I'm willing to admit that my memory of a system we had over 25 years ago may be flaky... But that particular disappointment sticks in my mind.

 

You have to take into account that TV sets were much smaller then, they were all 4:3 CRTs and most users were accustomed to VHS "quality", to which the VCD/CDI Digital Video was at least on par with (with the added benefit that it does not deteriorate with repeated use and/or moist storage conditions).

At the time, we had two TVs in the house: a 13" and a 27". The CD-i looked about the same on both, only smaller or larger, respectively. It was better than VHS, but not terribly dramatically so.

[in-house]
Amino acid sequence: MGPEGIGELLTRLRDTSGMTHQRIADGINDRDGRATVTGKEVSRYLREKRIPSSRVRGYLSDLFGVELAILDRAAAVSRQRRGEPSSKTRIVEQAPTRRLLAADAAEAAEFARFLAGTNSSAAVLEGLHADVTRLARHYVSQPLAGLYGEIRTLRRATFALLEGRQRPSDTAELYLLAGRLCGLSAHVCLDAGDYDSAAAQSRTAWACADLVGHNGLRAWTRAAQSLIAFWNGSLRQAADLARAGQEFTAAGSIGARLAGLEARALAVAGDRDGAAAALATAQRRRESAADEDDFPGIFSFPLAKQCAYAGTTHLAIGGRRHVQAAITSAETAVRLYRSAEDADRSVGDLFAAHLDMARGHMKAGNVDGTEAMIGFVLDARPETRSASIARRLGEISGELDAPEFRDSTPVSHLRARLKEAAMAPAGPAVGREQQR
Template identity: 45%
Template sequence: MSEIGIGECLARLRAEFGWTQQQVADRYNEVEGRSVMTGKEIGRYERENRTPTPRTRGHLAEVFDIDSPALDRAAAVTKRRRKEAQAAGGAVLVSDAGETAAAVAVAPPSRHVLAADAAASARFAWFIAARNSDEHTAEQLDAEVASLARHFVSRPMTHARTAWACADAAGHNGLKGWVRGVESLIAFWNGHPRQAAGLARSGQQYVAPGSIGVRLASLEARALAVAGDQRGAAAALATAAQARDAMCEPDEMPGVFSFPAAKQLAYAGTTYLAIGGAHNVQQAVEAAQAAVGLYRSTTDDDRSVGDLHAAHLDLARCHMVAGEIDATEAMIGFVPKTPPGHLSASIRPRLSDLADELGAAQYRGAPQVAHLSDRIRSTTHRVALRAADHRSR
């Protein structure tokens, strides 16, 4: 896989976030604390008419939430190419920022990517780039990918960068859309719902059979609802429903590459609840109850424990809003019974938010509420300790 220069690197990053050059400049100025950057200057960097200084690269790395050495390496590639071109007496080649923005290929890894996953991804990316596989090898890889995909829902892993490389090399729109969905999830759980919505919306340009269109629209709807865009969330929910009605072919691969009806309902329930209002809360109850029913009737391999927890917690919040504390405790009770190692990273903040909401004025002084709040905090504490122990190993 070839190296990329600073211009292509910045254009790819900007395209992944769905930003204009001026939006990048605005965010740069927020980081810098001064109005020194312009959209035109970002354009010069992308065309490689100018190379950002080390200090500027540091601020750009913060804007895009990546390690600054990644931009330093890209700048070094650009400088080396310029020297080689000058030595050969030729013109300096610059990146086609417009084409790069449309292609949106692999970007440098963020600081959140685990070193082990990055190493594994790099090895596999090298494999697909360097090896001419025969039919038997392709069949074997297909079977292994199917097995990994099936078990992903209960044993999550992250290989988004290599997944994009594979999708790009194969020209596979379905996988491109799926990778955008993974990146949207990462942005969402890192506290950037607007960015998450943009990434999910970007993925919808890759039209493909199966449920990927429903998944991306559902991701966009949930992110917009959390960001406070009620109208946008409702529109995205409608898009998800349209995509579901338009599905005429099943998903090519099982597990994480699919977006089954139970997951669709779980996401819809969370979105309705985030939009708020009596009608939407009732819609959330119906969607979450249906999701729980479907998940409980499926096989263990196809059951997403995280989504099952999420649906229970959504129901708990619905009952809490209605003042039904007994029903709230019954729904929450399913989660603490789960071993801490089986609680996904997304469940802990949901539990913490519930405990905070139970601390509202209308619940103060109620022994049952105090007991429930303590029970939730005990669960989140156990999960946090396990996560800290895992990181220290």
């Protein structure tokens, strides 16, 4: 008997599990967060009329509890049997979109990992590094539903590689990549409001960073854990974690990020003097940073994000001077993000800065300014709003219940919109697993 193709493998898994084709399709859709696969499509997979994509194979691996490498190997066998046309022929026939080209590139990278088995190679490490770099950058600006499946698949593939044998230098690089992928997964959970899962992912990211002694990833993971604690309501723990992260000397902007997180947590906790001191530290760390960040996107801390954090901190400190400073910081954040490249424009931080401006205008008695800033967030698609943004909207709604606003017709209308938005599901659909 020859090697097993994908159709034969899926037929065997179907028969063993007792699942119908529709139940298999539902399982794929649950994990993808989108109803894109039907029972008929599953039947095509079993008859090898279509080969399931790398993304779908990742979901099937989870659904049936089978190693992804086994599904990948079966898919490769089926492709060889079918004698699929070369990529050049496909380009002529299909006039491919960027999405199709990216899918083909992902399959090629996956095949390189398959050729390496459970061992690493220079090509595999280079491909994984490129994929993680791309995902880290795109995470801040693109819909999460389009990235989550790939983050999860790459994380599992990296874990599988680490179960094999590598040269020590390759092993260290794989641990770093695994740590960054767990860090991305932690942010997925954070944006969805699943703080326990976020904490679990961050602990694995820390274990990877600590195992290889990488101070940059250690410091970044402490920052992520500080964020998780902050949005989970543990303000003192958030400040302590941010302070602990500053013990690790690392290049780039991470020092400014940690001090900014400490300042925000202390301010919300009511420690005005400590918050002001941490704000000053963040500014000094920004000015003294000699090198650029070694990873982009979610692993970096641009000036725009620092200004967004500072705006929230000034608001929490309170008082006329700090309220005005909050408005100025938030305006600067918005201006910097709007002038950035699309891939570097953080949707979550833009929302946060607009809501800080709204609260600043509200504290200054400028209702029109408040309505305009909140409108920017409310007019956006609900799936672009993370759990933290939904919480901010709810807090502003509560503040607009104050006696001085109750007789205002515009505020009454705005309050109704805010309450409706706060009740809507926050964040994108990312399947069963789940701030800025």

Having said that, neither TV had SCART; both were being fed by RF. The difference was noticeable, but perhaps not as much as if it had been using a better input method.

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I also strongly recommend to getting a model with a builtin MPEG card, you'll save yourself some money in the long run. I had a Tandy model and ended up getting a LG DVS 900 as it was significanlt cheaper than finding a MPEG card. You can actually see what you are shooting at in the CD-I version of Madd Dog McCree compared the 3DO and SegaCD versions, shooting with the sh!tty excuse for a light gun is another matter.